Drier soils get more afternoon rain than nearby wetter soils, according to an analysis of global satellite data presented in Nature this week.
These conclusions challenge most models, which suggest that wetter soils provide more favourable conditions for encouraging rainfall. Instead it is proposed that a greater flow of heat from drier soils encourages convection, a process involved in the development of storms.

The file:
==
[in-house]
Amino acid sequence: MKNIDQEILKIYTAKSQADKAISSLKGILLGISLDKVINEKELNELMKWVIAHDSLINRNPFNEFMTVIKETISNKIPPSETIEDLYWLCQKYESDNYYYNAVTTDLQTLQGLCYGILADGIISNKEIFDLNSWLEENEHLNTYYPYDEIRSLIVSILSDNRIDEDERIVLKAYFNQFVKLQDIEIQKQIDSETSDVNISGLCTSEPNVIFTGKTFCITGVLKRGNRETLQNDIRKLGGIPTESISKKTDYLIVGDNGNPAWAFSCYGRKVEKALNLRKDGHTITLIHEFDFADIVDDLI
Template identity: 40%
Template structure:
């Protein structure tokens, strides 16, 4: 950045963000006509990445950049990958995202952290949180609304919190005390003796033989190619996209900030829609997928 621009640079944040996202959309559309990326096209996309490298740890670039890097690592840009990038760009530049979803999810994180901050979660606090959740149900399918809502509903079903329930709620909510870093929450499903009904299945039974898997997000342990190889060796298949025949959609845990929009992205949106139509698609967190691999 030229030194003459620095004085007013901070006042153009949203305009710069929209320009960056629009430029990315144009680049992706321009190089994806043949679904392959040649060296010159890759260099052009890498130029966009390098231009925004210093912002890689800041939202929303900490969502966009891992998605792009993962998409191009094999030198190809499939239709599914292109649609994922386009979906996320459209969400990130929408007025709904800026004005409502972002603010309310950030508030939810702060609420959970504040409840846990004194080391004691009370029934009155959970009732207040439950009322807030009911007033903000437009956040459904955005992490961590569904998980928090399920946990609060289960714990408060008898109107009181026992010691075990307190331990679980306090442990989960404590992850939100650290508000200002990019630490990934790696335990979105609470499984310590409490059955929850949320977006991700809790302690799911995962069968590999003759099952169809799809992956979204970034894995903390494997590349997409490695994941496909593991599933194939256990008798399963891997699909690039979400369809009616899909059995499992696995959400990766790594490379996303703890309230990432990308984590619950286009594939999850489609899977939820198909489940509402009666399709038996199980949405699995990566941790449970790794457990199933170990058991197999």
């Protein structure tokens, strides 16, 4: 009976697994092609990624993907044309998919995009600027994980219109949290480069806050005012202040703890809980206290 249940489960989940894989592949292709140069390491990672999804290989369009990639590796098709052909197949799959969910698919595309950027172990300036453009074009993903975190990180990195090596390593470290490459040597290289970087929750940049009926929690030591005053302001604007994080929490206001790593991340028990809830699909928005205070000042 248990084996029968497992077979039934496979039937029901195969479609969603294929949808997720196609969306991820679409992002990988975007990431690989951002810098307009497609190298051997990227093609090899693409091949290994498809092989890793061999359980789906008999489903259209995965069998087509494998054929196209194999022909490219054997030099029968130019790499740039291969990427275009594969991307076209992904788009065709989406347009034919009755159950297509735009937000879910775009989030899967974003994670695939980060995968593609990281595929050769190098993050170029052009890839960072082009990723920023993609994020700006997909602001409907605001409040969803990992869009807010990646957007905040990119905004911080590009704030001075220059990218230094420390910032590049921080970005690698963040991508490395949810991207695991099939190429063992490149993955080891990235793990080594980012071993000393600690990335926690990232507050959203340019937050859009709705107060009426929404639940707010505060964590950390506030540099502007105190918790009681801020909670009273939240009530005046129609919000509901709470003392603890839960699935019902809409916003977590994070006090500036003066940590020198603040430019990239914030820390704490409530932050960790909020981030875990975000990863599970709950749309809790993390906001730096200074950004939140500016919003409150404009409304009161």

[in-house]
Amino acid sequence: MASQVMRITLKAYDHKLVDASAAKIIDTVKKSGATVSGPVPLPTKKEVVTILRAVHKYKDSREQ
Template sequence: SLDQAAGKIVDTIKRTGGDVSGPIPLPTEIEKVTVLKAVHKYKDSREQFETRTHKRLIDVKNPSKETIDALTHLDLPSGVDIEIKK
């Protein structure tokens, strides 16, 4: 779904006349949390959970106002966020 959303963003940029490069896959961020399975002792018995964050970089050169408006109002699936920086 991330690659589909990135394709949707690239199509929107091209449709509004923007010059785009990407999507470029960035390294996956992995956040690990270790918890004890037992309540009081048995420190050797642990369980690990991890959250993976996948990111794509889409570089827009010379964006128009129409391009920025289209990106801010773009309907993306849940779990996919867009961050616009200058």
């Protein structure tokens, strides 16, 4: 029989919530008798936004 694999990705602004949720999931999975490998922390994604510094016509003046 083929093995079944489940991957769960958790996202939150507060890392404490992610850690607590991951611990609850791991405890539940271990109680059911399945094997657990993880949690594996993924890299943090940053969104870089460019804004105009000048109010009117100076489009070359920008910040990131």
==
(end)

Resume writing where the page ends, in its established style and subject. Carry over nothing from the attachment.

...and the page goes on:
Land surface properties, such as soil wetness, can affect atmospheric moisture content and are thought to influence rainfall patterns. However, in a global observational analysis, Christopher Taylor and colleagues reveal that rainfall occurrence is strongly favoured above dry soil rather than wet soil, especially in semi-arid climates. These results are consistent with enhanced afternoon convection occurring on drier soils, the authors explain. Their findings suggest that models may lack fundamental processes regulating convection and land–atmosphere interactions.